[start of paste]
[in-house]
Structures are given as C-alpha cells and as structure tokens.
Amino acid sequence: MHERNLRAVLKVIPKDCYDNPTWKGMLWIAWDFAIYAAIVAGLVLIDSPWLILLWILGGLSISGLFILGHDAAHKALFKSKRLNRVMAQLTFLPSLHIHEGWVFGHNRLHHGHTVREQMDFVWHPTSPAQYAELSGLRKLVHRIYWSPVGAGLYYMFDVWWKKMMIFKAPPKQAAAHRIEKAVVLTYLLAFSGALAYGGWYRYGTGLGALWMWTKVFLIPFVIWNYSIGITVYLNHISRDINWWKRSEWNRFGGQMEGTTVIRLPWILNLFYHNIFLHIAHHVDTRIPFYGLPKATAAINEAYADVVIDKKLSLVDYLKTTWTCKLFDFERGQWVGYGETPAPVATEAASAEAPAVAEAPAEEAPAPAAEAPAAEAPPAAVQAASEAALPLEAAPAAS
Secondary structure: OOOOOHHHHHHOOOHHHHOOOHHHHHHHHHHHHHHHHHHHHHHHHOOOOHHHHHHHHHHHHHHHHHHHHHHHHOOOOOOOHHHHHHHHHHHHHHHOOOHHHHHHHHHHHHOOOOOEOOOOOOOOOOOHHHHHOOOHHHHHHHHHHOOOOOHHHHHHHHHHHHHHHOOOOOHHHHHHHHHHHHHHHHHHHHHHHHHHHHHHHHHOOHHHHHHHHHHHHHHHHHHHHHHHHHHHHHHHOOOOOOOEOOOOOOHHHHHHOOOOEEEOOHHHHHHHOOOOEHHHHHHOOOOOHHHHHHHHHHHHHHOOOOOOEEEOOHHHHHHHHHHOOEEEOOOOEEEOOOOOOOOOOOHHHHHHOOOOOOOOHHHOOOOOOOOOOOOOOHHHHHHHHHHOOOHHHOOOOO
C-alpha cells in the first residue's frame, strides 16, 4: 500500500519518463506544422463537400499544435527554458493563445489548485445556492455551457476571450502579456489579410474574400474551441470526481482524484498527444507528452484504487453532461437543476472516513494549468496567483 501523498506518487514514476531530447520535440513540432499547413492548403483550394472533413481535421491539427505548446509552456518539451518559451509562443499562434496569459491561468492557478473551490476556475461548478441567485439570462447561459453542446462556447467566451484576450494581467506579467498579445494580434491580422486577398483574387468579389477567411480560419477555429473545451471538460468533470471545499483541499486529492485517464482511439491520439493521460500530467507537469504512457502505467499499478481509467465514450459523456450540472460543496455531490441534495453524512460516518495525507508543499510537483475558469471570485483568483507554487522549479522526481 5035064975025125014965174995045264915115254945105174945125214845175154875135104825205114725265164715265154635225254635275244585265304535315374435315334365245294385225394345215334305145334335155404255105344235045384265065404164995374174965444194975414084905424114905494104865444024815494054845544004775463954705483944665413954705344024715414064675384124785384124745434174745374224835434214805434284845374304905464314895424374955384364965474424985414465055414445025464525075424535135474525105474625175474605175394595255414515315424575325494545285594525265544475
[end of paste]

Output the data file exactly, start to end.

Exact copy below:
[in-house]
Structures are given as C-alpha cells and as structure tokens.
Amino acid sequence: MHERNLRAVLKVIPKDCYDNPTWKGMLWIAWDFAIYAAIVAGLVLIDSPWLILLWILGGLSISGLFILGHDAAHKALFKSKRLNRVMAQLTFLPSLHIHEGWVFGHNRLHHGHTVREQMDFVWHPTSPAQYAELSGLRKLVHRIYWSPVGAGLYYMFDVWWKKMMIFKAPPKQAAAHRIEKAVVLTYLLAFSGALAYGGWYRYGTGLGALWMWTKVFLIPFVIWNYSIGITVYLNHISRDINWWKRSEWNRFGGQMEGTTVIRLPWILNLFYHNIFLHIAHHVDTRIPFYGLPKATAAINEAYADVVIDKKLSLVDYLKTTWTCKLFDFERGQWVGYGETPAPVATEAASAEAPAVAEAPAEEAPAPAAEAPAAEAPPAAVQAASEAALPLEAAPAAS
Secondary structure: OOOOOHHHHHHOOOHHHHOOOHHHHHHHHHHHHHHHHHHHHHHHHOOOOHHHHHHHHHHHHHHHHHHHHHHHHOOOOOOOHHHHHHHHHHHHHHHOOOHHHHHHHHHHHHOOOOOEOOOOOOOOOOOHHHHHOOOHHHHHHHHHHOOOOOHHHHHHHHHHHHHHHOOOOOHHHHHHHHHHHHHHHHHHHHHHHHHHHHHHHHHOOHHHHHHHHHHHHHHHHHHHHHHHHHHHHHHHOOOOOOOEOOOOOOHHHHHHOOOOEEEOOHHHHHHHOOOOEHHHHHHOOOOOHHHHHHHHHHHHHHOOOOOOEEEOOHHHHHHHHHHOOEEEOOOOEEEOOOOOOOOOOOHHHHHHOOOOOOOOHHHOOOOOOOOOOOOOOHHHHHHHHHHOOOHHHOOOOO
C-alpha cells in the first residue's frame, strides 16, 4: 500500500519518463506544422463537400499544435527554458493563445489548485445556492455551457476571450502579456489579410474574400474551441470526481482524484498527444507528452484504487453532461437543476472516513494549468496567483 501523498506518487514514476531530447520535440513540432499547413492548403483550394472533413481535421491539427505548446509552456518539451518559451509562443499562434496569459491561468492557478473551490476556475461548478441567485439570462447561459453542446462556447467566451484576450494581467506579467498579445494580434491580422486577398483574387468579389477567411480560419477555429473545451471538460468533470471545499483541499486529492485517464482511439491520439493521460500530467507537469504512457502505467499499478481509467465514450459523456450540472460543496455531490441534495453524512460516518495525507508543499510537483475558469471570485483568483507554487522549479522526481 5035064975025125014965174995045264915115254945105174945125214845175154875135104825205114725265164715265154635225254635275244585265304535315374435315334365245294385225394345215334305145334335155404255105344235045384265065404164995374174965444194975414084905424114905494104865444024815494054845544004775463954705483944665413954705344024715414064675384124785384124745434174745374224835434214805434284845374304905464314895424374955384364965474424985414465055414445025464525075424535135474525105474625175474605175394595255414515315424575325494545285594525265544475